Putting together material for the Grand Canyon Monsoon workshop that Don Smith and I do each August, I came across this image from the first shoot of our first workshop. With so many pictures in the two weeks we were there (for two workshops), and given the incredible events that followed, it’s amazing to me how well I remember the specifics of this early shoot (especially given how poorly I remember so many other things).
When Don and I pulled the group into Lipan Point that afternoon, a handful of puffy clouds floated overhead. But, as if on cue, within minutes of our arrival the clouds organized into a seething, dark gray tower; five minutes after that, a few drops fell—marble-size projectiles that landed with an audible splat at one- or two-second intervals. We ignored the rain and kept shooting, but when a lightning bolt struck a quarter mile away, we couldn’t get out of there quickly enough, retreating to the cars just as all hell broke loose. For the next we were assaulted with a pounding rain that obliterated the view and required shouting to be heard. As suddenly as it started, the rain stopped and the Canyon reappeared, bathed in sunlight. And with the sunlight came a full double rainbow. I mean, what could be more perfect, the Grand Canyon plus a rainbow? Unfortunately, from our vantage point on the rim, the rainbow beautifully framed nothing but sagebrush south of the canyon.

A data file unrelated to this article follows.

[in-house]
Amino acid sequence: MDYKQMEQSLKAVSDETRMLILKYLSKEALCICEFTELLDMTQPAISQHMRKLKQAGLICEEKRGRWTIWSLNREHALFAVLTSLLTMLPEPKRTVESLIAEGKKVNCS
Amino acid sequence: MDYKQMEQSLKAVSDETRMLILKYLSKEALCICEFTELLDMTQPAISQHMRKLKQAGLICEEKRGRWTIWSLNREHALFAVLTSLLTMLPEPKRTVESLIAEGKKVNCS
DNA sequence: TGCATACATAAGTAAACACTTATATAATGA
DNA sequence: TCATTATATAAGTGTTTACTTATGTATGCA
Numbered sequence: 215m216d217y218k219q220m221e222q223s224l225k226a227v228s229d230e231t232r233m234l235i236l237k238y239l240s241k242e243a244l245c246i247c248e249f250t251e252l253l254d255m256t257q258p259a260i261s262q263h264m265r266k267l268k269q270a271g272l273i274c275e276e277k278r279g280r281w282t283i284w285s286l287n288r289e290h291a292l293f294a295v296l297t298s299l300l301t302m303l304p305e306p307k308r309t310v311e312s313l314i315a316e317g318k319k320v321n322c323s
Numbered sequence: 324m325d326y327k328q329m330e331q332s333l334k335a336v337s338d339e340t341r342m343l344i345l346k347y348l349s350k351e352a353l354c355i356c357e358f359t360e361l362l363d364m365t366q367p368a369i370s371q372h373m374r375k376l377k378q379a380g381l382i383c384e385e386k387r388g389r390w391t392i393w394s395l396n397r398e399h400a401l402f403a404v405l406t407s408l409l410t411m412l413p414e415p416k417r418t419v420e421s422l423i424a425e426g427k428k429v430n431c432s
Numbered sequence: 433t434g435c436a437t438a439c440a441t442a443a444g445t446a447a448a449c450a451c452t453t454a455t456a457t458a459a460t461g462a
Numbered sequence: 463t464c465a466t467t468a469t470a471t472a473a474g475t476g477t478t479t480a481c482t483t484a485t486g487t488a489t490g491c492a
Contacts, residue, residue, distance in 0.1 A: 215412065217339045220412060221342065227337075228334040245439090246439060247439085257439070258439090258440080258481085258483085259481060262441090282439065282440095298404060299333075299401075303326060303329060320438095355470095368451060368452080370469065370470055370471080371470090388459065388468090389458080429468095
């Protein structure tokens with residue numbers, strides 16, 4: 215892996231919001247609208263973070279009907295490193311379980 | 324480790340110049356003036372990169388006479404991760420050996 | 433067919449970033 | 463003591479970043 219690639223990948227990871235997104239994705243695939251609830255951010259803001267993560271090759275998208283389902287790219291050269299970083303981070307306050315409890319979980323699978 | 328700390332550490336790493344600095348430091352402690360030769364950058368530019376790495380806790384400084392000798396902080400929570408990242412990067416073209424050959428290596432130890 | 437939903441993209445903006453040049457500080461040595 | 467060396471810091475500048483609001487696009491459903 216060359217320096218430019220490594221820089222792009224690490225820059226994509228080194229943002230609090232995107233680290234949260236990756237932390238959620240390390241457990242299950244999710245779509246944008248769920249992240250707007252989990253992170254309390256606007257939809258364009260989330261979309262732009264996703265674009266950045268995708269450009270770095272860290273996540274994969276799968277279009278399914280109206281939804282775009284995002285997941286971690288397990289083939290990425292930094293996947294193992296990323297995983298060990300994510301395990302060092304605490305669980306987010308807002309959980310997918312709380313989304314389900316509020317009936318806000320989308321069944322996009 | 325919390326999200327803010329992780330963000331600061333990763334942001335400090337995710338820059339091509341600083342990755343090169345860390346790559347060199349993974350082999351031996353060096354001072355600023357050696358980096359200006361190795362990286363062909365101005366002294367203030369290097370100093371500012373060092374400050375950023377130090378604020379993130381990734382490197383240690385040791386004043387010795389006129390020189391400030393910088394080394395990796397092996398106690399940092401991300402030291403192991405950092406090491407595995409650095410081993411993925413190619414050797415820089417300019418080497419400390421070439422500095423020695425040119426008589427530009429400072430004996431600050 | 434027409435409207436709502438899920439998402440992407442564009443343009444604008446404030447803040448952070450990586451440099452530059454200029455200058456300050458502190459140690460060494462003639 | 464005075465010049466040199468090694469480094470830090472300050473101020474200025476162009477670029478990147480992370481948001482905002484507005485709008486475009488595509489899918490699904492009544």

Understanding the physics of rainbows, I knew that there’s nothing random about their position—to get the rainbow above the canyon, I simply had to be on the other rim. With a choice between A: A four hour drive, and B: A twenty mile hike, I chose C: Get as far out into the canyon as the nearby terrain allows and hope for the best.
The “Point” part of Lipan Point refers to a rock protuberance that juts into the canyon. Scrambling onto the rock, I was able to change my angle of view enough to put the north-most end of the rainbow in the canyon before I ran out of point. Not the complete, rim-to-rim view I’d have liked, but at least something to work with. With the Grand Canyon as my background, a rainbow for the middle-ground, all I lacked was a foreground.
Scanning my surroundings, my eyes fell immediately on a group of shrubs side-lit by pristine, warm, late afternoon light. A horizontal composition would have given me too much foreground and too little rainbow, so I went vertical. At a focal length of 32mm, my depth of field app told me I could achieve the 8-foot hyperfocal distance I needed at f14. Spot metering on the brightest shrub, I dialed my shutter speed until the shrub was +2, and clicked.